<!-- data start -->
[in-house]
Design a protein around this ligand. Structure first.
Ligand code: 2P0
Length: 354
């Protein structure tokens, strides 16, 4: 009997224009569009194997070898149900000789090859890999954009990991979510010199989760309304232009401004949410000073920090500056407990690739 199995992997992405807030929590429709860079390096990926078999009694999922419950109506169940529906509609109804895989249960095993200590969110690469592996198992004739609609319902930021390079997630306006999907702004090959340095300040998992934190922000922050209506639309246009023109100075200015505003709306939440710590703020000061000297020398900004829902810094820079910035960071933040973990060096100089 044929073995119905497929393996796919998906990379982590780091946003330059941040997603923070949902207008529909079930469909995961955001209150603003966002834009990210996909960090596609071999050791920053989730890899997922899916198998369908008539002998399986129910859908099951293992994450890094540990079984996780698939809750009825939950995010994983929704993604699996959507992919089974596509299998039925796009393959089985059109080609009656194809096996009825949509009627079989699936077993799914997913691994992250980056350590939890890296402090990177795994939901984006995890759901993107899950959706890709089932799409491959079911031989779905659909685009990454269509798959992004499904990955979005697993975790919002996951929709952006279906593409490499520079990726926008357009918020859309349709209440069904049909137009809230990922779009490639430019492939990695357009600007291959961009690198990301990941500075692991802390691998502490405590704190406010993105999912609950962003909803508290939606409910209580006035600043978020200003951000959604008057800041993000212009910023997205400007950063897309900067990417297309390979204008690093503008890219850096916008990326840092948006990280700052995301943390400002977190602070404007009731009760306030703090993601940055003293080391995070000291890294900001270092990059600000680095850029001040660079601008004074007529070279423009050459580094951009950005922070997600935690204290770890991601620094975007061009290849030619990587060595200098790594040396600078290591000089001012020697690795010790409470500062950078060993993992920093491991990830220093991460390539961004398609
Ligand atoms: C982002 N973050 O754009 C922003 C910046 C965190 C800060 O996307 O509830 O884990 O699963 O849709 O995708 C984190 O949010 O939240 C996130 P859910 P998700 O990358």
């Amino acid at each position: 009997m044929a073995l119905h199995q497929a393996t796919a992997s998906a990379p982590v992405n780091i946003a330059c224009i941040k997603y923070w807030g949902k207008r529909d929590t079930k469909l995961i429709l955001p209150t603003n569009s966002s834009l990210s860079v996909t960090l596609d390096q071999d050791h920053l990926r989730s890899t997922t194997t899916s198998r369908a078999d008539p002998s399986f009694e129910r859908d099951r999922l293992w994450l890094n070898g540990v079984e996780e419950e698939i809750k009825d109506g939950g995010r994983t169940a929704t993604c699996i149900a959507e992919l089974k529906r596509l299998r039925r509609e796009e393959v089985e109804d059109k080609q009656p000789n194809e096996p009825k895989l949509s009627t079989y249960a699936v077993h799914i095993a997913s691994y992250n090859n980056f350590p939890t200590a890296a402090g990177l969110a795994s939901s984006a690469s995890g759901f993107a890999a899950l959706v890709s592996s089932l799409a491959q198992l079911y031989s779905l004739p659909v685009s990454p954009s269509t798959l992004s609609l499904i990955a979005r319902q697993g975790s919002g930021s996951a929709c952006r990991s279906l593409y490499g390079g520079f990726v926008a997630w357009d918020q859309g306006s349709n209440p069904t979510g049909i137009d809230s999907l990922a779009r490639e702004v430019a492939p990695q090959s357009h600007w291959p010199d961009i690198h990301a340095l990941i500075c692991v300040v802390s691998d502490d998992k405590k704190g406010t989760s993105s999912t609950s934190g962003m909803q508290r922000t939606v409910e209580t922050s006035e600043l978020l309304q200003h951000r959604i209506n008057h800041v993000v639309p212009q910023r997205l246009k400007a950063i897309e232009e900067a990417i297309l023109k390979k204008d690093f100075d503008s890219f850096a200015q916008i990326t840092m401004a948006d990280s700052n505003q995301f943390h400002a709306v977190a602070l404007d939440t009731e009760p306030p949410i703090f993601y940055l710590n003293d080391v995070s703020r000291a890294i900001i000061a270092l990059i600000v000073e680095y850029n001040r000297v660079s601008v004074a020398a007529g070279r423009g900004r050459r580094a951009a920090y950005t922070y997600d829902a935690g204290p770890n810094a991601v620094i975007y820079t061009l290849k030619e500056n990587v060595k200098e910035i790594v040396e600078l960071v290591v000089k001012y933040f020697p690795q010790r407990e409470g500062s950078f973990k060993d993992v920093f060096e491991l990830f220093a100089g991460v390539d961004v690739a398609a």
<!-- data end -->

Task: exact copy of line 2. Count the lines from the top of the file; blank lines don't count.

Design a protein around this ligand. Structure first.